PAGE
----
By Catherine Reinhardt
Why do the folk of the French Caribbean nonetheless remain haunted by way of the reminiscence in their slave earlier a couple of hundred and fifty years after the abolition of slavery? What procedure ended in the divorce in their collective reminiscence of slavery and emancipation from France's portrayal of those historic phenomena? How are Martinicans and Guadeloupeans this present day reworking the silences of the previous into historic and cultural manifestations rooted within the Caribbean? This publication solutions those questions by way of pertaining to the 1998 controversy surrounding the one hundred and fiftieth anniversary of France's abolition of slavery to the interval of the slave regime spanning the past due Enlightenment and the French Revolution. by means of evaluating a variety of documents-including letters through slaves, unfastened humans of colour, and planters, in addition to writings by means of the philosophes, royal decrees, and courtroom cases-the writer untangles the advanced forces of the slave regime that experience formed collective reminiscence. the present nationalization of the reminiscence of slavery in France has grew to become those as soon as peripheral claims into passionate political and cultural debates.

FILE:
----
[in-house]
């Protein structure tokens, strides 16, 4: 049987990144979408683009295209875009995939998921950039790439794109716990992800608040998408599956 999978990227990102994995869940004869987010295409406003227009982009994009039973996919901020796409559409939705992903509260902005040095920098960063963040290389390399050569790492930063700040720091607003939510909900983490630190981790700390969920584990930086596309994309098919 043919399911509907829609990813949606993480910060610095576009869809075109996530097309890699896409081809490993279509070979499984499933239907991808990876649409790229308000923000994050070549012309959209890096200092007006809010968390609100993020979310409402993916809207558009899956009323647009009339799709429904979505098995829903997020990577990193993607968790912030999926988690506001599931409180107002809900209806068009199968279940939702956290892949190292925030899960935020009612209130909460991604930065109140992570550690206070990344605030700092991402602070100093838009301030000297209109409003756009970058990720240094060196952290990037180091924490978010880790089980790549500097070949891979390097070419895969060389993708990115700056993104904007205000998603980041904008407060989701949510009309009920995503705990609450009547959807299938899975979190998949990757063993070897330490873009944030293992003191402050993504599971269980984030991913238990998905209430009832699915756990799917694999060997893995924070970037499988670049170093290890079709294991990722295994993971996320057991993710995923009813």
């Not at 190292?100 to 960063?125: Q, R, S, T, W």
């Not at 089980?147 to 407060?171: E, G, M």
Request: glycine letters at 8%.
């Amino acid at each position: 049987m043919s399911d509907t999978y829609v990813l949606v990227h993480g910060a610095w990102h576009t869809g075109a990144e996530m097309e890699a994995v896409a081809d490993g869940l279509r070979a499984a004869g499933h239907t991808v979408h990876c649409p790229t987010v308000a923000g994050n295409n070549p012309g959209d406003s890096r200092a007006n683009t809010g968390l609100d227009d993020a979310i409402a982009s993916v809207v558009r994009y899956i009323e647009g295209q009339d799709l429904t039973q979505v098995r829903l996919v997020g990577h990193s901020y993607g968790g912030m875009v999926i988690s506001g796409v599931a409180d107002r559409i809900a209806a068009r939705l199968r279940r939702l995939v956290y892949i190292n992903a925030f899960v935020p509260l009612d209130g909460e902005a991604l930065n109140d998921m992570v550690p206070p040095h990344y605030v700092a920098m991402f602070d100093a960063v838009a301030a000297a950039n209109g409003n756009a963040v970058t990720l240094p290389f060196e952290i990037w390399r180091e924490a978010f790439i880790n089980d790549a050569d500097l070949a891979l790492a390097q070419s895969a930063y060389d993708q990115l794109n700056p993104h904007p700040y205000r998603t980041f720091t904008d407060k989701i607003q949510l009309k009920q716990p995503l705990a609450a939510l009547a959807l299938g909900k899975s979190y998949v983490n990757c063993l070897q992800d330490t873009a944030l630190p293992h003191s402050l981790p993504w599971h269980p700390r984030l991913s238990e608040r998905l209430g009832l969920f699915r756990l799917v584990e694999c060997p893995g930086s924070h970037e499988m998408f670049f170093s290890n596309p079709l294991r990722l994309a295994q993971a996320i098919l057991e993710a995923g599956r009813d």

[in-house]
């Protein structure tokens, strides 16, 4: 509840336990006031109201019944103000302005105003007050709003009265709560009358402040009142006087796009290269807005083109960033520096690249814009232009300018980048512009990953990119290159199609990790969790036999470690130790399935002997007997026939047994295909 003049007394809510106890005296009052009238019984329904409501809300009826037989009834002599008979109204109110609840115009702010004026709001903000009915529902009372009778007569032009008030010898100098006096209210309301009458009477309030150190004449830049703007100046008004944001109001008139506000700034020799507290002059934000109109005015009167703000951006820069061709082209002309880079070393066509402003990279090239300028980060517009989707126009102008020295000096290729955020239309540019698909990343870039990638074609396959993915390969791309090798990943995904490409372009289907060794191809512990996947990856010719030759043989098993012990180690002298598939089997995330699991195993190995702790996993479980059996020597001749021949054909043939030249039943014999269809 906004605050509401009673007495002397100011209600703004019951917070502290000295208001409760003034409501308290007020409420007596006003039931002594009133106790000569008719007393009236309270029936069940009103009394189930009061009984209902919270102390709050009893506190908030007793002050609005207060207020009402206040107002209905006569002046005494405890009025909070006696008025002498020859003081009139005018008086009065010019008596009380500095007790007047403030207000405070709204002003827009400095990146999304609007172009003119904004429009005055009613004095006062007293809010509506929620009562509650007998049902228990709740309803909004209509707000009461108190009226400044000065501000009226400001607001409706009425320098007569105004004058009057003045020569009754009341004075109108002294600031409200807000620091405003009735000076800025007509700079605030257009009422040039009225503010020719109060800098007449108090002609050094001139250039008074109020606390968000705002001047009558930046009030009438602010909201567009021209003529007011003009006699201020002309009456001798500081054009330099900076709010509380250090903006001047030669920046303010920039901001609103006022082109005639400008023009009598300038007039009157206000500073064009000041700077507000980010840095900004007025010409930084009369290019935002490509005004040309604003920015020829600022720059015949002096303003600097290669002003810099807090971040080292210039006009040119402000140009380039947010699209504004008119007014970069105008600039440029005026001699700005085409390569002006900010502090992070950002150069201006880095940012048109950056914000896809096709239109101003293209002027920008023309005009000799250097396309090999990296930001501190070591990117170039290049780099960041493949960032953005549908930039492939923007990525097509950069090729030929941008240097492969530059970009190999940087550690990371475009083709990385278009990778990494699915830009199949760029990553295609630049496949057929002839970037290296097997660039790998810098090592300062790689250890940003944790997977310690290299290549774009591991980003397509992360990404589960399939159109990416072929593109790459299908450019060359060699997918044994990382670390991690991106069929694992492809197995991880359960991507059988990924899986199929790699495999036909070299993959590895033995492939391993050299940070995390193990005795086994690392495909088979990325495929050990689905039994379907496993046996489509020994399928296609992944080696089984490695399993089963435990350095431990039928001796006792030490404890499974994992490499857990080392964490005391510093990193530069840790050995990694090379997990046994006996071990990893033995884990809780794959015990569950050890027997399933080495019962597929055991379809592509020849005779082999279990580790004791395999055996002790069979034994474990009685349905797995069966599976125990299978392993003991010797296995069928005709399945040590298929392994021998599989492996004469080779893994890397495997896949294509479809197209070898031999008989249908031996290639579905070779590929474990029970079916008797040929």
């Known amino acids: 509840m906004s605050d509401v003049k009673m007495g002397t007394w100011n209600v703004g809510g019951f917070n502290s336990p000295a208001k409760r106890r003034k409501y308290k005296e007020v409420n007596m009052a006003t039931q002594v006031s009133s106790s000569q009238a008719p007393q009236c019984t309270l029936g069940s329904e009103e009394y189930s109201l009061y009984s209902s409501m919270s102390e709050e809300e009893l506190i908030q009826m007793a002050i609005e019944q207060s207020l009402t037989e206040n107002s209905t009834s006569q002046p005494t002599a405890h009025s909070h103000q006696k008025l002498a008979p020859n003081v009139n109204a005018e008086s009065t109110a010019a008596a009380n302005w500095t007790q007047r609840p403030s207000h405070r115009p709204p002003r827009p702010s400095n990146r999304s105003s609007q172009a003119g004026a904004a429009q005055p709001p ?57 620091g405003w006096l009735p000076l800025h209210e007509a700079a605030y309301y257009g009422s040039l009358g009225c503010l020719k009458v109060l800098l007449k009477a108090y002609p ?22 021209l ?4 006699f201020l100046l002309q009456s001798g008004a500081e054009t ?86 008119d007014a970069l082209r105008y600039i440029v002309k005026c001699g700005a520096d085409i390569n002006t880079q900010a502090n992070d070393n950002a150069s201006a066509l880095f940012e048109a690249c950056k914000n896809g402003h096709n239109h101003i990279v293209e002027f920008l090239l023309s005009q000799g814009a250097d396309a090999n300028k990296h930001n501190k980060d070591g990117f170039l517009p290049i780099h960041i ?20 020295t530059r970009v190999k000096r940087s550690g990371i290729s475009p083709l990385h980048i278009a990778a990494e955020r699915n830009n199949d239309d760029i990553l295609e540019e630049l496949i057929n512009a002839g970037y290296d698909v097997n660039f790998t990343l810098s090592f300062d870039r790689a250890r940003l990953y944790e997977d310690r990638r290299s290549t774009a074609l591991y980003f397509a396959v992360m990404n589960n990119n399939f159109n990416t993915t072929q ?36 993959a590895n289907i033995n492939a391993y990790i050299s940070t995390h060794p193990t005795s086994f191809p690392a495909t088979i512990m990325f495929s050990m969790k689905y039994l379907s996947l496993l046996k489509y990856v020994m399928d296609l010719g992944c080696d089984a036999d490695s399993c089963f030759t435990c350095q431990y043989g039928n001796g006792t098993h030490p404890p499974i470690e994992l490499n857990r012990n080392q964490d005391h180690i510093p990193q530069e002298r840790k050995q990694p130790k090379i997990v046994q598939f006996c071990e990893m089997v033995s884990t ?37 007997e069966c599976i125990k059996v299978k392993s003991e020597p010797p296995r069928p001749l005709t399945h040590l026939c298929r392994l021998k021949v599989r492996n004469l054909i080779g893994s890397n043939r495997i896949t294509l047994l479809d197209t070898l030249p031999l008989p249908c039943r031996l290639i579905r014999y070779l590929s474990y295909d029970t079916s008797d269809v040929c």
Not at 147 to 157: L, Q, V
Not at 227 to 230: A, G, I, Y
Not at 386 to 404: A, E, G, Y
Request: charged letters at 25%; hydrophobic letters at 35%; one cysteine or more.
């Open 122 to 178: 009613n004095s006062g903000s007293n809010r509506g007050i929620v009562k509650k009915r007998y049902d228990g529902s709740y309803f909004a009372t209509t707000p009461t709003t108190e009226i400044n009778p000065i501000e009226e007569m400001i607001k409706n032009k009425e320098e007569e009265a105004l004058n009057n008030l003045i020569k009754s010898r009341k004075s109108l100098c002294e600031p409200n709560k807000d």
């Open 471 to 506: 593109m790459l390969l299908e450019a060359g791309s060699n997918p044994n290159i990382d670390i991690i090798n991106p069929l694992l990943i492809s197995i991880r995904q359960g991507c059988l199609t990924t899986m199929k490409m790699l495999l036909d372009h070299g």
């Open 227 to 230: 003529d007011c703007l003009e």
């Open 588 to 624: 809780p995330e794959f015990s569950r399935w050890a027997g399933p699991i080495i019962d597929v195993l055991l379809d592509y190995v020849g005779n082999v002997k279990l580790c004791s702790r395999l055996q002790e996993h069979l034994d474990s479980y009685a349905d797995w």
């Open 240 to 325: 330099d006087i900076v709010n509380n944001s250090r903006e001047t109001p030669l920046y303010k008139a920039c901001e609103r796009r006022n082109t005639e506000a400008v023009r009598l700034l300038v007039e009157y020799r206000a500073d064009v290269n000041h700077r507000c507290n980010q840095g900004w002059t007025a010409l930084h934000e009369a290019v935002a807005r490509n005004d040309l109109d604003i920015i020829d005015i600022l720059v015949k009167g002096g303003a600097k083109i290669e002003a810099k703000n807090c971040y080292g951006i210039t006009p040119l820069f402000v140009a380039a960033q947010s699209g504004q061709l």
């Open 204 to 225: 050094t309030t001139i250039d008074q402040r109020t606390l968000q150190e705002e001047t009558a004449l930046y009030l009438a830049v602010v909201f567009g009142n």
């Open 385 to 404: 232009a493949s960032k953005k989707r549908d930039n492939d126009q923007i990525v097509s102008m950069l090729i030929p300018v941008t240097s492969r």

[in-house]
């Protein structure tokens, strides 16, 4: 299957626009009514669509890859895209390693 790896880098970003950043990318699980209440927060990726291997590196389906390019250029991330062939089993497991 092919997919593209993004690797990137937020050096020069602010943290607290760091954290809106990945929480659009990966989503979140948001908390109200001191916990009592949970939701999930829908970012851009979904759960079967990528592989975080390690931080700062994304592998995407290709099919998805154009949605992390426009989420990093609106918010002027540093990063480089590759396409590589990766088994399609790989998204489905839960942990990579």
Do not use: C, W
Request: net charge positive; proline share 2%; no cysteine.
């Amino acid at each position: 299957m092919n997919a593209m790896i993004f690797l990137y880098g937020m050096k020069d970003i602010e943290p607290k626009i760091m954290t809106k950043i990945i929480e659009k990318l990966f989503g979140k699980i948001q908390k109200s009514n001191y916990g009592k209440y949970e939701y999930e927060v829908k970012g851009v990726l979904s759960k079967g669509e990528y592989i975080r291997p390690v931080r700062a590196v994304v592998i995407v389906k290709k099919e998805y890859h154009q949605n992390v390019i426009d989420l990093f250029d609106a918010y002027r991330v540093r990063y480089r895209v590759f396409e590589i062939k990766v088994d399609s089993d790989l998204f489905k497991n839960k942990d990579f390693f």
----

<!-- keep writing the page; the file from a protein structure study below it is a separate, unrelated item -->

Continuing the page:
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Extra info for Claims to Memory: Beyond Slavery and Emancipation in the French Caribbean (Polygons)
Realms of memory, according to Nora (1996: xvii), are entities or places that have become symbolic elements of a community’s memorial heritage. The philosophes of the Enlightenment have come to represent all the “positive” facets of the slave past linked to the ending of cruelty, injustice, and exploitation. They symbolize the nation’s memory of itself as the land of universal justice and equality. Nora’s (1996: xviii) emphasis on investigating the whole spectrum of latent or hidden 26 Catherine Reinhardt elements of national memory allows for a deep probing of the notion of memory.
Natural servitude must therefore be limited to certain countries on this earth. Two radically opposed ideologies clash together in this passage. On one hand, Montesquieu repeatedly underlines the “natural” reasons that may justify slavery in certain regions of the world due to the excessive heat that makes the inhabitants less productive. His position echoes the pseudoscientific explanations regarding racial variances. On the other hand, nature speaks against slavery altogether since “all men are born 40 Catherine Reinhardt equal” and slavery and equality cannot be reconciled.
12 After an initial historical contextualization contrasted with the emergence of the profoundly mythical dimension of the maroon, the chapter examines two themes dominating eighteenthcentury narratives. On one hand, maroons are depicted as brutishly violent actors against the slave regime. On the other hand, they are thought to be fundamentally “civilizable” due to their superior power and intelligence. They are seen as the building blocks of a cooperative agreement between white plantation owners and the black masses.